An interesting topic that has now been widely researched is if imprisoning someone for a drug charge really helps. The results were not surprising. More imprisonment, according to Pew, does not reduce drug problems. In fact, the data has shown no relationship between drug misuse and prison terms.

Some immigrants may be eligible for cancellation of removal

The reality is that many people in Virginia may have been living in this country for many years without ever obtaining, or maintaining, proper documentation.

During this time, these immigrants may have establish a family and other roots in this country and state which would make it very hard, on both themselves and those who count on them, were they to be deported.

Overview of Virginia's property division laws

Like other states, Virginia has specific laws describing how property is to be divided between a married couple after a divorce. These laws would also apply to the divorce from bed and board proceeding which a previous post on our blog discussed.

Virginia is what is called an equitable division state. This means that, like most other states, a Virginia court is going to try to divide the property between two separating spouses fairly, but not necessarily 50-50. The same rules applies for any debts that the spouses may owe.

Will drug convictions affect your child’s federal financial aid?

Sending your child to James Madison University for the first time is a momentous occasion and milestone. It can be nerve-wrecking to let your child finally go off on their own. While just letting them leave the nest is difficult and worrisome, what if your child gets into trouble while away? For example, your child may face criminal charges for illegal drug possession or distribution.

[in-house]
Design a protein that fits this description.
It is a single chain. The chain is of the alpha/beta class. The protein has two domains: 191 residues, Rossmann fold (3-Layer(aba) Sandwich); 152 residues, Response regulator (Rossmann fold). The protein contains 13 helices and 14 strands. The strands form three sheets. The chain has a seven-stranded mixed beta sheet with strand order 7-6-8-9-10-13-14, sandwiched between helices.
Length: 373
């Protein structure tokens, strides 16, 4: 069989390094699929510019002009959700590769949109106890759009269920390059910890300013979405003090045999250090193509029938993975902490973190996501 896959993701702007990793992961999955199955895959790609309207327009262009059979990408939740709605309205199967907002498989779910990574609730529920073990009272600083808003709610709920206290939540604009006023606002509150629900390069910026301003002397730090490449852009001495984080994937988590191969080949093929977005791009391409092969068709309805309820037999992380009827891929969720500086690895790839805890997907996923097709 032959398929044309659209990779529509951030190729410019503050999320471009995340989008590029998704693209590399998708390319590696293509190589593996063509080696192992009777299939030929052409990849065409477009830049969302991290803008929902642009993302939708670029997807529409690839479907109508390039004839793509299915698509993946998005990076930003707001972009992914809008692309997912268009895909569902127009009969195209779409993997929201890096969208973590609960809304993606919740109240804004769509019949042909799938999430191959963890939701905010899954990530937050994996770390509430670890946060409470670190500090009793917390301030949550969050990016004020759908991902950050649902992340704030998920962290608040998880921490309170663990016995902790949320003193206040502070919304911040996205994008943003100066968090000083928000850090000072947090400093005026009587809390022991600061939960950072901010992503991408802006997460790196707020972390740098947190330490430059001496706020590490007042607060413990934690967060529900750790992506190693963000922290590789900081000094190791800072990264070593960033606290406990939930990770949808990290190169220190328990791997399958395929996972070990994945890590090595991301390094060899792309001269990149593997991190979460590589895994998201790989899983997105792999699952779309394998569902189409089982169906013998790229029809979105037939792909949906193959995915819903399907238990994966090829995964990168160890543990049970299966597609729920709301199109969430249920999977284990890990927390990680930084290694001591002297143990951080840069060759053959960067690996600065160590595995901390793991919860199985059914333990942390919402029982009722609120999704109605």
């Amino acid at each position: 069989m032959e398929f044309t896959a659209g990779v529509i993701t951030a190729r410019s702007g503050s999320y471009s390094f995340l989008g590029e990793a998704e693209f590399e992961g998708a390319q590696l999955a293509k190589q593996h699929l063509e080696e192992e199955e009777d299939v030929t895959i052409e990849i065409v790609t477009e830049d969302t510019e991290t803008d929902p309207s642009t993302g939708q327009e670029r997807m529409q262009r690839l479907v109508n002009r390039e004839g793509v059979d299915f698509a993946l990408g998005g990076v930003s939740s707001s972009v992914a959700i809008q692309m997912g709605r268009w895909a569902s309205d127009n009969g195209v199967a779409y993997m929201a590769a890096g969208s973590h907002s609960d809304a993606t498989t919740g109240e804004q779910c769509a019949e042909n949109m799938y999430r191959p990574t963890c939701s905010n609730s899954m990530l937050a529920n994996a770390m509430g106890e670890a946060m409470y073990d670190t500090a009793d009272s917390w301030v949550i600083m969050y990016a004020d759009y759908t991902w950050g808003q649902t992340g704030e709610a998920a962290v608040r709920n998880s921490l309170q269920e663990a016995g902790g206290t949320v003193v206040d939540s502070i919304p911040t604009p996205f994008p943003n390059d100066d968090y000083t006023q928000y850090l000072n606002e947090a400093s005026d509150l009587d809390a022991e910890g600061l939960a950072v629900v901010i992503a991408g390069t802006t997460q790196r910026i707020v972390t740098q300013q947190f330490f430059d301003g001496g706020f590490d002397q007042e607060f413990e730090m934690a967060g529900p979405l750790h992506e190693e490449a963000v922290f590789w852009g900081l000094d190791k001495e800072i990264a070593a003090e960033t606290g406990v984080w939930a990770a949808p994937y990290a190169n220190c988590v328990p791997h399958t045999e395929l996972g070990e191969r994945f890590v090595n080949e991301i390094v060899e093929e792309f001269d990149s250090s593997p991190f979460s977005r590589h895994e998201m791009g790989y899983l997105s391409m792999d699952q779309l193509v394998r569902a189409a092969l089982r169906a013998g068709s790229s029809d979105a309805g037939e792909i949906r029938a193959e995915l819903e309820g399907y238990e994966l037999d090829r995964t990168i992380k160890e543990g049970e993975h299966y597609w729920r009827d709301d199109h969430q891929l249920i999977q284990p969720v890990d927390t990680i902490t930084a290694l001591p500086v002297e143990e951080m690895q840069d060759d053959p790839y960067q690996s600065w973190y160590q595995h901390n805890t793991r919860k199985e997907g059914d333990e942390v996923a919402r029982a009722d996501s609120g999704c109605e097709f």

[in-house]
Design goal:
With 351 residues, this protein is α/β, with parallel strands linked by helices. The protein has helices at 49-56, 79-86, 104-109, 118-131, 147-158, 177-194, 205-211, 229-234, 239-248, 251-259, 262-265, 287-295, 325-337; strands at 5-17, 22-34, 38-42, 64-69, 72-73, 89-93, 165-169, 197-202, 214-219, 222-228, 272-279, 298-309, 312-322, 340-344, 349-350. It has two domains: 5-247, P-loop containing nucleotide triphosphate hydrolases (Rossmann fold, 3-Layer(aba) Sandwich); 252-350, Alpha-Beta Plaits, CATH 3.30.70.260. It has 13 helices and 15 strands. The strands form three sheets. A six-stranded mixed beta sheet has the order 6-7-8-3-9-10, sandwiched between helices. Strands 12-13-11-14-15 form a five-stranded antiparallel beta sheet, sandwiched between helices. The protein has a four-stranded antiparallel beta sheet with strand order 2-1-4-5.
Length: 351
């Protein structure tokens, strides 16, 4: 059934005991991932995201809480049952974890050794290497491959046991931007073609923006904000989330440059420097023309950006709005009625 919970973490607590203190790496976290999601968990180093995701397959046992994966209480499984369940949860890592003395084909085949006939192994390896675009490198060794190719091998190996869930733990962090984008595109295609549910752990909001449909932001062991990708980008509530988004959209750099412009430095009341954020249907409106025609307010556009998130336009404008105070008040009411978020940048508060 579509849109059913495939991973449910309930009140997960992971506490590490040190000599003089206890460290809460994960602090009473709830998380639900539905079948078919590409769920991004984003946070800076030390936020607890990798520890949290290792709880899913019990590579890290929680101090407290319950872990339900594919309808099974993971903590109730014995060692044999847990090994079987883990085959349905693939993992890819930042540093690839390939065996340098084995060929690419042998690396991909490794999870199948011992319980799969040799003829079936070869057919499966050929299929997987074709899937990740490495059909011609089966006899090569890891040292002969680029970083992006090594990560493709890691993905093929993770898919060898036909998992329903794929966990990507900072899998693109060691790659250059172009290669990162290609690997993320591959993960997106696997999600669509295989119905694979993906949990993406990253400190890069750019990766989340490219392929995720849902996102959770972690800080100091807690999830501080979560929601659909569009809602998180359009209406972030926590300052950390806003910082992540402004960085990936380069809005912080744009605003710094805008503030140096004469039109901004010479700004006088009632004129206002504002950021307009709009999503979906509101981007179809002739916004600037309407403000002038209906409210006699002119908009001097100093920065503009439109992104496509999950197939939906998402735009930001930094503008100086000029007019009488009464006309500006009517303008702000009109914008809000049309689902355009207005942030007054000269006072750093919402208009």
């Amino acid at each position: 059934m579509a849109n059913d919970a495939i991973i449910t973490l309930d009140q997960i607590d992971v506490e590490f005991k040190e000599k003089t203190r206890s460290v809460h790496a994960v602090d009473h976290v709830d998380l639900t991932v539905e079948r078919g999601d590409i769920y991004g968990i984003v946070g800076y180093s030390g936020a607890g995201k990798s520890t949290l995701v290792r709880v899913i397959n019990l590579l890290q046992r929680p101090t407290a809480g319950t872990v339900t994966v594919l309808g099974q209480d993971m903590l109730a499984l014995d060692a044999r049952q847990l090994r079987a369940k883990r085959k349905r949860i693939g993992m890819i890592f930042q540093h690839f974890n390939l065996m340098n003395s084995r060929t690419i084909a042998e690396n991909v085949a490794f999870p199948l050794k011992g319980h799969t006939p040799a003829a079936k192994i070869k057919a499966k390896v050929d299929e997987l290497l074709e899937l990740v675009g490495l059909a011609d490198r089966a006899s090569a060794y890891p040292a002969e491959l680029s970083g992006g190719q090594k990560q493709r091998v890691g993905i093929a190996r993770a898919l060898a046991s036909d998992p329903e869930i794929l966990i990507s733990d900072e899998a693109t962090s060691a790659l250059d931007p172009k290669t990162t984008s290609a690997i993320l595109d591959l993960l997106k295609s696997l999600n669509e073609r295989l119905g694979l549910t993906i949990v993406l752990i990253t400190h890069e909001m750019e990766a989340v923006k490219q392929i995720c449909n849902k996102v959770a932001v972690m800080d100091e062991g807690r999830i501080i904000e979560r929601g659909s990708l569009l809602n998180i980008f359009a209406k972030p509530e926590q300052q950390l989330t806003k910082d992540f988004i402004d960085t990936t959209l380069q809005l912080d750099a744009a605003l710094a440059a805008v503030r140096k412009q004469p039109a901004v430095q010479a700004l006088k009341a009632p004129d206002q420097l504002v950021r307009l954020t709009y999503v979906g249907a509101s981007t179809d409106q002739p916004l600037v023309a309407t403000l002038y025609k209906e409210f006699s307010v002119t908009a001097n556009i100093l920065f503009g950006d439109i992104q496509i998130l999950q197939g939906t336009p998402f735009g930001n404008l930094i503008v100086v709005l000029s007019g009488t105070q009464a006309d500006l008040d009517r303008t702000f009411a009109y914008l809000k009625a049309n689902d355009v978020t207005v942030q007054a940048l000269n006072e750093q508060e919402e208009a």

You’ve spent most of your life caring for your child, so it’s only natural to want to protect them and their future. Illegal possession or the unlawful sale of drugs could make your child ineligible for federal financial aid. In turn, this may impact their ability to continue a path in higher education. College is expensive, and your child may rely on financial aid to cover its costs.

Defending a DUI charge may be worth the investment

A previous post on this blog discussed how even a first-time conviction for a DUI, with no aggravating circumstances, can haunt a person for a long time. First, there is the cost of fines, probation fees and other bills, such as the cost of posting bail.

Additionally, a person will have to pay to arrange transportation while under a license suspension, and he may also have to pay for an ignition interlock device. Moreover, higher insurance premiums are a real possibility.

Higher premiums are a forgotten consequence of DUIs

As this blog has discussed on previous occasions, getting convicted of a DUI in Virginia is a serious affair even when it is a first offense. In addition to the possibility of jail and an almost inevitable license suspension, a person convicted can wind up paying hundreds if not thousands of dollars in probation costs, mandatory counseling and other fees.

Moreover, especially if someone drives professionally or is even just expected to drive as part of his or her job as a salesperson or the like, a DUI conviction can have devastating professional ramifications.